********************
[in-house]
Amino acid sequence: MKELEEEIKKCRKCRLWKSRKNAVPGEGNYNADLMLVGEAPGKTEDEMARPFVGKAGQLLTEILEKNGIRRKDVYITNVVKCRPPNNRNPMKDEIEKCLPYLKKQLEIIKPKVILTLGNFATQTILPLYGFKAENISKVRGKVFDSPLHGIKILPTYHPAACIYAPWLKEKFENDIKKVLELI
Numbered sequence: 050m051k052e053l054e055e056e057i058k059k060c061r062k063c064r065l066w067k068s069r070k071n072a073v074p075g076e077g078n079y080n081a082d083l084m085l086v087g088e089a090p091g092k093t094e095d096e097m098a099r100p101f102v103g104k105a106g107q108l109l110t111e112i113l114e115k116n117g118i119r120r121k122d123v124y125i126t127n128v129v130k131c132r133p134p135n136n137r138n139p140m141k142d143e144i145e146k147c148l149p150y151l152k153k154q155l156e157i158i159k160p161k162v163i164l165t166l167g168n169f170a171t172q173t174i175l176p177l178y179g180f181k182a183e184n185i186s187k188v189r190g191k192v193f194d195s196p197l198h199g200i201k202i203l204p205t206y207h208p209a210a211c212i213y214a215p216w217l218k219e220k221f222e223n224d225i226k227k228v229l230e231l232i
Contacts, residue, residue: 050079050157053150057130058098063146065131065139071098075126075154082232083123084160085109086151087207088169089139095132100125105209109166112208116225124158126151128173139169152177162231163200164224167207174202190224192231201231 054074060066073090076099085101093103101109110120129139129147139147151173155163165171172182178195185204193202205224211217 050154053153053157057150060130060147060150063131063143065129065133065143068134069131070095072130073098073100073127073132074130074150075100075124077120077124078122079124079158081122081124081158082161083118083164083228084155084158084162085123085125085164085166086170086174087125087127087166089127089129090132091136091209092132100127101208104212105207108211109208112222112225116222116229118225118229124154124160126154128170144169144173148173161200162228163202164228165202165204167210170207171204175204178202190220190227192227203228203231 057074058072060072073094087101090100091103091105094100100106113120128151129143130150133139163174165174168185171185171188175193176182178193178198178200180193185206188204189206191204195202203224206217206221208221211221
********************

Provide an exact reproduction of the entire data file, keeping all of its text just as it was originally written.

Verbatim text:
[in-house]
Amino acid sequence: MKELEEEIKKCRKCRLWKSRKNAVPGEGNYNADLMLVGEAPGKTEDEMARPFVGKAGQLLTEILEKNGIRRKDVYITNVVKCRPPNNRNPMKDEIEKCLPYLKKQLEIIKPKVILTLGNFATQTILPLYGFKAENISKVRGKVFDSPLHGIKILPTYHPAACIYAPWLKEKFENDIKKVLELI
Numbered sequence: 050m051k052e053l054e055e056e057i058k059k060c061r062k063c064r065l066w067k068s069r070k071n072a073v074p075g076e077g078n079y080n081a082d083l084m085l086v087g088e089a090p091g092k093t094e095d096e097m098a099r100p101f102v103g104k105a106g107q108l109l110t111e112i113l114e115k116n117g118i119r120r121k122d123v124y125i126t127n128v129v130k131c132r133p134p135n136n137r138n139p140m141k142d143e144i145e146k147c148l149p150y151l152k153k154q155l156e157i158i159k160p161k162v163i164l165t166l167g168n169f170a171t172q173t174i175l176p177l178y179g180f181k182a183e184n185i186s187k188v189r190g191k192v193f194d195s196p197l198h199g200i201k202i203l204p205t206y207h208p209a210a211c212i213y214a215p216w217l218k219e220k221f222e223n224d225i226k227k228v229l230e231l232i
Contacts, residue, residue: 050079050157053150057130058098063146065131065139071098075126075154082232083123084160085109086151087207088169089139095132100125105209109166112208116225124158126151128173139169152177162231163200164224167207174202190224192231201231 054074060066073090076099085101093103101109110120129139129147139147151173155163165171172182178195185204193202205224211217 050154053153053157057150060130060147060150063131063143065129065133065143068134069131070095072130073098073100073127073132074130074150075100075124077120077124078122079124079158081122081124081158082161083118083164083228084155084158084162085123085125085164085166086170086174087125087127087166089127089129090132091136091209092132100127101208104212105207108211109208112222112225116222116229118225118229124154124160126154128170144169144173148173161200162228163202164228165202165204167210170207171204175204178202190220190227192227203228203231 057074058072060072073094087101090100091103091105094100100106113120128151129143130150133139163174165174168185171185171188175193176182178193178198178200180193185206188204189206191204195202203224206217206221208221211221